El Segundo (CA) – iSuppli the first major market research firm to drastically cut its PC outlook for 2009. Amid rapidly deteriorating conditions in the global economy and financial system iSuppli said that it has reduced the expected growth rate from 11.9% to 4.3%. The company believes the market will improve in 2010, but fall behind previous expectations as well.
The shipment forecast translates in a nearly two-thirds reduction of estimated growth, which was prompted by a global economy that changed dramatically “and in many ways irrevocably.” iSuppli analyst Matthew Wilkins said that the magnitude of the banking collapse has been so great that its impact on the availability of credit has affected large corporations, small businesses and people on the street.
“The result of the financial turmoil is less money to spend, and often that money is itself more expensive,” Wilkins said. “With less money to spend, application markets, like PCs, have been impacted.” While the PC market has consistently posted growth rates of more than 10% over the past five years, already 2008 may be different.
“Real issues – such as difficulties in paying staff, or making rising mortgage payments – are affecting businesses as well as consumers,” Wilkins said. “In light of such financial issues, the task of refreshing or acquiring new IT equipment has taken a back seat.”
iSuppli believes that desktop PCs in 2009 will suffer a shipment decline of approximately 5%, while notebook PCs will achieve growth of about 15%. The forecast of growth in notebook shipments arises from the fact that the segment is currently performing very well and has strong momentum—not to mention the very attractive pricing for low-cost notebooks, known as netbooks. iSuppli believes demand for netbooks will show less of a reduction in 2009 than other notebook platforms, primarily due to their lower average selling prices.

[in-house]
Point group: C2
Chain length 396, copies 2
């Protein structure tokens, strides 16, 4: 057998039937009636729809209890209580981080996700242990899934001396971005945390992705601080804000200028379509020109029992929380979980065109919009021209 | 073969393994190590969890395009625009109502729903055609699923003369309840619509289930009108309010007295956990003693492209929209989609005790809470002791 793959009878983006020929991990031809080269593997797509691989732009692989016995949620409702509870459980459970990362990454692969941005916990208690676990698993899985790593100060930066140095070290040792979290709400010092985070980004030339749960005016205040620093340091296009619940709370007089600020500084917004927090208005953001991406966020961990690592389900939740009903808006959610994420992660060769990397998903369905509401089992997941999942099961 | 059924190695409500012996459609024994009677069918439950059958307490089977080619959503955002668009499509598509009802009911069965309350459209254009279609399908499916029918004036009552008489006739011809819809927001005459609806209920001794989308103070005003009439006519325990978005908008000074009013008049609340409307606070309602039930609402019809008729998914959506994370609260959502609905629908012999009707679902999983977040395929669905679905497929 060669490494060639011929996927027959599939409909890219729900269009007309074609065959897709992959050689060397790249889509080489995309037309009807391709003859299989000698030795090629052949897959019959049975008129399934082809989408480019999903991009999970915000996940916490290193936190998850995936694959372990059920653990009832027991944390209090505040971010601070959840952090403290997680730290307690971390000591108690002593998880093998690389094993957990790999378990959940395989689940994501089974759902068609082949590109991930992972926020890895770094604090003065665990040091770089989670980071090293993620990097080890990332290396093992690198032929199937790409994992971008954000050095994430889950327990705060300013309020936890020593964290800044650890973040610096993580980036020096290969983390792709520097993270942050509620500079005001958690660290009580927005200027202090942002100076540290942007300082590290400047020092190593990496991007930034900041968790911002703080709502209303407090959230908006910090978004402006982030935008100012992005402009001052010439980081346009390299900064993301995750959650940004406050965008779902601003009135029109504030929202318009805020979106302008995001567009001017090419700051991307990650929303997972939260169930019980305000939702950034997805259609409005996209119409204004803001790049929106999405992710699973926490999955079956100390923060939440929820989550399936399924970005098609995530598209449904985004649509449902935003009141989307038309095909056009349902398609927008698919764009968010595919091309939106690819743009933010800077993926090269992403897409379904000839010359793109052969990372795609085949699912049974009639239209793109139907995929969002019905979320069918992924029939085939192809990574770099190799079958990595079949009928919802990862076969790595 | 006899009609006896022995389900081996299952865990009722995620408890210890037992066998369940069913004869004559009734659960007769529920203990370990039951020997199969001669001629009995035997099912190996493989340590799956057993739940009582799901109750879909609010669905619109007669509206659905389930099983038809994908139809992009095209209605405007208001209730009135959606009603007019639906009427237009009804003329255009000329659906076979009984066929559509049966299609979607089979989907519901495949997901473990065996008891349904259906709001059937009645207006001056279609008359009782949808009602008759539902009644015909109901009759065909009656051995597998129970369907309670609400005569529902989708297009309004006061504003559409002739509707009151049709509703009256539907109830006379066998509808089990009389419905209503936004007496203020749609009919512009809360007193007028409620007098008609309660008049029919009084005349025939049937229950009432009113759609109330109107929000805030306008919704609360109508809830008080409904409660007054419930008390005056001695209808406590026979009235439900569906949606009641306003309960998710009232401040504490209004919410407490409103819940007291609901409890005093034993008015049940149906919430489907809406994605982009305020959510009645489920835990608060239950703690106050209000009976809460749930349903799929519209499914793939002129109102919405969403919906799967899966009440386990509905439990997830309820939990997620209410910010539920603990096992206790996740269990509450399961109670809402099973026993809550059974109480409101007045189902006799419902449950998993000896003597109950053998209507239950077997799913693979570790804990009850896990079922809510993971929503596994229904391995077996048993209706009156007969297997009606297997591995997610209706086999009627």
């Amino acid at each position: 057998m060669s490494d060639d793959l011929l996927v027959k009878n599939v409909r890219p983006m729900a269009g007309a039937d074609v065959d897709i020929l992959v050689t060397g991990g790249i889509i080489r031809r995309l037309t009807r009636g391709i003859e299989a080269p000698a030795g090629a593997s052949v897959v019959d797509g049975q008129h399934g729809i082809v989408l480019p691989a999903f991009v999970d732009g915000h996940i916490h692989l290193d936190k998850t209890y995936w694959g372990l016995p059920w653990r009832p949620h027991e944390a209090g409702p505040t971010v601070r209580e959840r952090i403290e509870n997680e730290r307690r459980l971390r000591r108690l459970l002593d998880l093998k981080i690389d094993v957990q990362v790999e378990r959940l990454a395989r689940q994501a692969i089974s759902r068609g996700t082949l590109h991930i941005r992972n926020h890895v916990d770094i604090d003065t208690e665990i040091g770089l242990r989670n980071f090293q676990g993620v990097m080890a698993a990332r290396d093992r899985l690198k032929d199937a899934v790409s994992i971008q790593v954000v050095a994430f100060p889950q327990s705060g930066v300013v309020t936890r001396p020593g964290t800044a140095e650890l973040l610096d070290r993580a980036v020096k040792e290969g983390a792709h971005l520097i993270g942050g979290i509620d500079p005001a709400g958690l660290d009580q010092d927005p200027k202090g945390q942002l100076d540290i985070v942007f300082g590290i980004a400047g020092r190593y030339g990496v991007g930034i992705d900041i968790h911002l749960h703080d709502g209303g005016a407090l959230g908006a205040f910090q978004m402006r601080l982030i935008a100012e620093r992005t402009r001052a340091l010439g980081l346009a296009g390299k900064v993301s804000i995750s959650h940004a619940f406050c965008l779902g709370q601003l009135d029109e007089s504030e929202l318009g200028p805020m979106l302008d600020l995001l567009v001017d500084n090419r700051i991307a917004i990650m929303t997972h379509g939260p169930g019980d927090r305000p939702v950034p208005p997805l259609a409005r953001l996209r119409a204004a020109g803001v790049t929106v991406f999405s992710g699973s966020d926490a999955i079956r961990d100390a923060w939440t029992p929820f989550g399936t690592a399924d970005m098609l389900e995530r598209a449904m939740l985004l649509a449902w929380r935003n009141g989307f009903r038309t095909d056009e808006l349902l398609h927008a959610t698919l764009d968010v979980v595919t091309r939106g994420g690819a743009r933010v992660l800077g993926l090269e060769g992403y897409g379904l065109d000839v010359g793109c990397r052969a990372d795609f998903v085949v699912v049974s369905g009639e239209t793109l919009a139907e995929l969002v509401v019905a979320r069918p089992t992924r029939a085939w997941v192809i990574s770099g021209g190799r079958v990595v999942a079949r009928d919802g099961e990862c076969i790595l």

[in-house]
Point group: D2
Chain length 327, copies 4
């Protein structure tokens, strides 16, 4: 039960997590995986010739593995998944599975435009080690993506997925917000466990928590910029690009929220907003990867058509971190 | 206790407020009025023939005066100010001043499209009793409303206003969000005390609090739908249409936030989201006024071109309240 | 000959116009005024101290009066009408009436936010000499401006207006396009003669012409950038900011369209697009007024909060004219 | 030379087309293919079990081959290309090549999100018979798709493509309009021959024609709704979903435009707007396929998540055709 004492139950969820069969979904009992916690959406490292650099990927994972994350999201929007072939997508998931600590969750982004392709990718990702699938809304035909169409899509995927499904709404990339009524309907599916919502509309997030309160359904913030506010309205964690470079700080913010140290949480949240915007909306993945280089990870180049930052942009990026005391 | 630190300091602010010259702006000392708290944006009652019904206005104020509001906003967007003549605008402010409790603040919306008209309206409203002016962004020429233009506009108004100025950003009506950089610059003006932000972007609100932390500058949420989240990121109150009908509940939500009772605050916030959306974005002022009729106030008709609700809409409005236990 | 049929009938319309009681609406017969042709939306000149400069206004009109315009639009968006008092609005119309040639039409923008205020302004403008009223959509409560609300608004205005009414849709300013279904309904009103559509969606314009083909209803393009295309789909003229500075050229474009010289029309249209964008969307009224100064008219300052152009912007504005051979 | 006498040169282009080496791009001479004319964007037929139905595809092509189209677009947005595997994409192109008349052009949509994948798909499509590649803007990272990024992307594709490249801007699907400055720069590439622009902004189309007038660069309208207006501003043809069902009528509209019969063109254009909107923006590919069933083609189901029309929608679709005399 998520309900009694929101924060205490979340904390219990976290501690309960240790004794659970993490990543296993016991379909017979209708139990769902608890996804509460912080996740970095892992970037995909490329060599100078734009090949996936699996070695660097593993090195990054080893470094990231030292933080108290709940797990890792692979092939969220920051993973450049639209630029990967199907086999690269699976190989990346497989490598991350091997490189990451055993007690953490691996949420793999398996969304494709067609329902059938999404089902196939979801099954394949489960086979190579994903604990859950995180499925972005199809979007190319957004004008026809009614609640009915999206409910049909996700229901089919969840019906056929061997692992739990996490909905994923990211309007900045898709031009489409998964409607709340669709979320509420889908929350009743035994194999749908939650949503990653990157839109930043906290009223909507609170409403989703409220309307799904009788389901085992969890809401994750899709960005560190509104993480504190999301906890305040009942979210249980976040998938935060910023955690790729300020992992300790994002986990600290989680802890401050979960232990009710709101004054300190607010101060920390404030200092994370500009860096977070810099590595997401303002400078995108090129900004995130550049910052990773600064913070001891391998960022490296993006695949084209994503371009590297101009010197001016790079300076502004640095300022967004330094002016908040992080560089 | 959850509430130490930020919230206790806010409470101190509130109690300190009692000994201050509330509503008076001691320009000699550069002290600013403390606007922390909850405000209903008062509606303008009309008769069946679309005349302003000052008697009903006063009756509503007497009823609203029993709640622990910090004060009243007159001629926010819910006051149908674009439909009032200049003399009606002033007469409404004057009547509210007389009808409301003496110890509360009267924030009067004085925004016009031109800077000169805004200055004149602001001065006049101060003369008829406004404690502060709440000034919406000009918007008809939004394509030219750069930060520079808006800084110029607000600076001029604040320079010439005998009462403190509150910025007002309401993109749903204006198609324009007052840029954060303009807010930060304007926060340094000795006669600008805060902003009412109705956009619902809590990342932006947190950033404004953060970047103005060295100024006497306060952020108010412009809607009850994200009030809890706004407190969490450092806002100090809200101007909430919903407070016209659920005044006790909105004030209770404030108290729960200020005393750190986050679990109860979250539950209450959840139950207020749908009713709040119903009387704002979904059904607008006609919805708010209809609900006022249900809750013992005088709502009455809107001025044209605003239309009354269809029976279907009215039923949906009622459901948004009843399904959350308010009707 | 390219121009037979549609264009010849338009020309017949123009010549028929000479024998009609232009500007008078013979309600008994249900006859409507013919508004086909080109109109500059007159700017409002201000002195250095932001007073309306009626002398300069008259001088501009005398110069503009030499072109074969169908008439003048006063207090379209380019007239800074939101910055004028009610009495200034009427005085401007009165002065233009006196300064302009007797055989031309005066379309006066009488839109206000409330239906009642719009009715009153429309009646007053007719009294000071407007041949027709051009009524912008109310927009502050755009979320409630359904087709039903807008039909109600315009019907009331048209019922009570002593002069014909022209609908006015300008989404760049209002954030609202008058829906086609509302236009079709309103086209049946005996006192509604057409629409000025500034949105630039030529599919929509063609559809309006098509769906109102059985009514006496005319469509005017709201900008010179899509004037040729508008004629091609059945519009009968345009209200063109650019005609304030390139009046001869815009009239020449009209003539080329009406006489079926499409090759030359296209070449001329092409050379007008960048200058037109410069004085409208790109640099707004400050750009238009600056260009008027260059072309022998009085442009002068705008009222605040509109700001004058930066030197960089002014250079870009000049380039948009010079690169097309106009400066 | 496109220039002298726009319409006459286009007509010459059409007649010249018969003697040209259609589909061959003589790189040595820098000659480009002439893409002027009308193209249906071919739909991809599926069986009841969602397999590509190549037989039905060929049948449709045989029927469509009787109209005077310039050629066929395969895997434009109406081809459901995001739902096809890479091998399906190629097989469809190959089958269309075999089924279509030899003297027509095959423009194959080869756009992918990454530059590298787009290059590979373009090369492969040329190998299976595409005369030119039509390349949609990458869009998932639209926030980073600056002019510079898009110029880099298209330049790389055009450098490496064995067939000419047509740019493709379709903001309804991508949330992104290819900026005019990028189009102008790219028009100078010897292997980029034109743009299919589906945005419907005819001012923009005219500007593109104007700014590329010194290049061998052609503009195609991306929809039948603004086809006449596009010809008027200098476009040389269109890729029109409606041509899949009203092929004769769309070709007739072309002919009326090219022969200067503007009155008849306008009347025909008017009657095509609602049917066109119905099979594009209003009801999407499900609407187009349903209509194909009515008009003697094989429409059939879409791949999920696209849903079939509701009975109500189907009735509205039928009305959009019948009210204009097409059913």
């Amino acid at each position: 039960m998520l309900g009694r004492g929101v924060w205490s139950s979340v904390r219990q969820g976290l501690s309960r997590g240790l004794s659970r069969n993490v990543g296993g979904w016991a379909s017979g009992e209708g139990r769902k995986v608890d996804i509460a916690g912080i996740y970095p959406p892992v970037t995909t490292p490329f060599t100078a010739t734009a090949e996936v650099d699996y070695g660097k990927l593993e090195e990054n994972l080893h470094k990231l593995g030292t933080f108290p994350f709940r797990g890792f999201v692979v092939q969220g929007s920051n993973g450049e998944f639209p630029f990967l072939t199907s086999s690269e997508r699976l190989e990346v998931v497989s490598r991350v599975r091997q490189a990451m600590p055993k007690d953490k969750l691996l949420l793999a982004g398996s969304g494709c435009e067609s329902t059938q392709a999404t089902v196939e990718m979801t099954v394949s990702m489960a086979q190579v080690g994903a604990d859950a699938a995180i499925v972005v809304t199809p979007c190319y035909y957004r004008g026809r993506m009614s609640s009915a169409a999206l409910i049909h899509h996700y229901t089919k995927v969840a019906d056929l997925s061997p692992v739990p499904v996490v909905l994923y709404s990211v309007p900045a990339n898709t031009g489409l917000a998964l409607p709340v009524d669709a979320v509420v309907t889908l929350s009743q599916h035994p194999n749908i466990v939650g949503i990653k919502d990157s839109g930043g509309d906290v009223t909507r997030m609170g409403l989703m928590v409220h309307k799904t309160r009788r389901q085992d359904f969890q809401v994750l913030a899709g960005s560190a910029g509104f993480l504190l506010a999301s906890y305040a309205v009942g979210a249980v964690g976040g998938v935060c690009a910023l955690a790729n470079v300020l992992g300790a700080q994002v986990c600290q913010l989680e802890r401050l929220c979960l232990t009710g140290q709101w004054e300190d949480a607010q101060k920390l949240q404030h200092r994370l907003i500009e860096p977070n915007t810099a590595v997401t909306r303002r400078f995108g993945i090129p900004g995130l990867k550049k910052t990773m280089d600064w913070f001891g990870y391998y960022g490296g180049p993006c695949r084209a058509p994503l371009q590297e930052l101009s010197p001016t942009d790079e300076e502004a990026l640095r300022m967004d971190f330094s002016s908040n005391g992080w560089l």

For 2010, iSuppli expects a 7.1% growth in unit shipments, down from the previous outlook of a 9.4%.
Notebooks have been the drivers of PC sales for quite some time now and a decline in desktop PC shipments is not really surprising. However, if Jack Gold from J. Gold Assocatiates is right, then the traditional notebook might be in trouble as well. Gold believes that the business use of smart phone devices will grow quickly while “laptop deployments will slow dramatically”. In fact, a survey contacted by the firm found that over the next 3 years, business deployment of smart phones devices will increase at a rate 4 times greater than that of notebooks, and business applications deployed to smart phone devices will grow at twice the rate of those deployed to notebooks. Gold said that the survey included more than 340 large and small companies in North America and Western Europe.